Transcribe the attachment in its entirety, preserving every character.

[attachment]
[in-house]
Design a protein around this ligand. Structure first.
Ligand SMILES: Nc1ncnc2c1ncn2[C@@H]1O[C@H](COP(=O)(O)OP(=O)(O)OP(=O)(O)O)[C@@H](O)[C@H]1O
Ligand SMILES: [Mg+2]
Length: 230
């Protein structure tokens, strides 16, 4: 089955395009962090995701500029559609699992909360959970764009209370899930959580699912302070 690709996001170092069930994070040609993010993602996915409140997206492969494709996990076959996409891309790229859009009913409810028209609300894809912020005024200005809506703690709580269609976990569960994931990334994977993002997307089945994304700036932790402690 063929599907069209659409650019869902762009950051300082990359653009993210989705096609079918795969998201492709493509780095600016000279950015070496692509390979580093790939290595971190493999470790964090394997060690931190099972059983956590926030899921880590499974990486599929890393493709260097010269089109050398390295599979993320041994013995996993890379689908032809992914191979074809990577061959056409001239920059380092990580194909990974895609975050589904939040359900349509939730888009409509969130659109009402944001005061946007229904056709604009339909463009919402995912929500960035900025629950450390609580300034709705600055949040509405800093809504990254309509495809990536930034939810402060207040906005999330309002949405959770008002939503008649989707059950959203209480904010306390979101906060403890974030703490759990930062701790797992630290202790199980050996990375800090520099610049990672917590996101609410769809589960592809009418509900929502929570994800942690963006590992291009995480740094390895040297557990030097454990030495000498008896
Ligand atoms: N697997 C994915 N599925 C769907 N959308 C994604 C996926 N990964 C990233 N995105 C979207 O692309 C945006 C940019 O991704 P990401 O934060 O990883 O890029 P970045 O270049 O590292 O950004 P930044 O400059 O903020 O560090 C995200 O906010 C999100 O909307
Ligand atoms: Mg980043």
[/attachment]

[in-house]
Design a protein around this ligand. Structure first.
Ligand SMILES: Nc1ncnc2c1ncn2[C@@H]1O[C@H](COP(=O)(O)OP(=O)(O)OP(=O)(O)O)[C@@H](O)[C@H]1O
Ligand SMILES: [Mg+2]
Length: 230
């Protein structure tokens, strides 16, 4: 089955395009962090995701500029559609699992909360959970764009209370899930959580699912302070 690709996001170092069930994070040609993010993602996915409140997206492969494709996990076959996409891309790229859009009913409810028209609300894809912020005024200005809506703690709580269609976990569960994931990334994977993002997307089945994304700036932790402690 063929599907069209659409650019869902762009950051300082990359653009993210989705096609079918795969998201492709493509780095600016000279950015070496692509390979580093790939290595971190493999470790964090394997060690931190099972059983956590926030899921880590499974990486599929890393493709260097010269089109050398390295599979993320041994013995996993890379689908032809992914191979074809990577061959056409001239920059380092990580194909990974895609975050589904939040359900349509939730888009409509969130659109009402944001005061946007229904056709604009339909463009919402995912929500960035900025629950450390609580300034709705600055949040509405800093809504990254309509495809990536930034939810402060207040906005999330309002949405959770008002939503008649989707059950959203209480904010306390979101906060403890974030703490759990930062701790797992630290202790199980050996990375800090520099610049990672917590996101609410769809589960592809009418509900929502929570994800942690963006590992291009995480740094390895040297557990030097454990030495000498008896
Ligand atoms: N697997 C994915 N599925 C769907 N959308 C994604 C996926 N990964 C990233 N995105 C979207 O692309 C945006 C940019 O991704 P990401 O934060 O990883 O890029 P970045 O270049 O590292 O950004 P930044 O400059 O903020 O560090 C995200 O906010 C999100 O909307
Ligand atoms: Mg980043």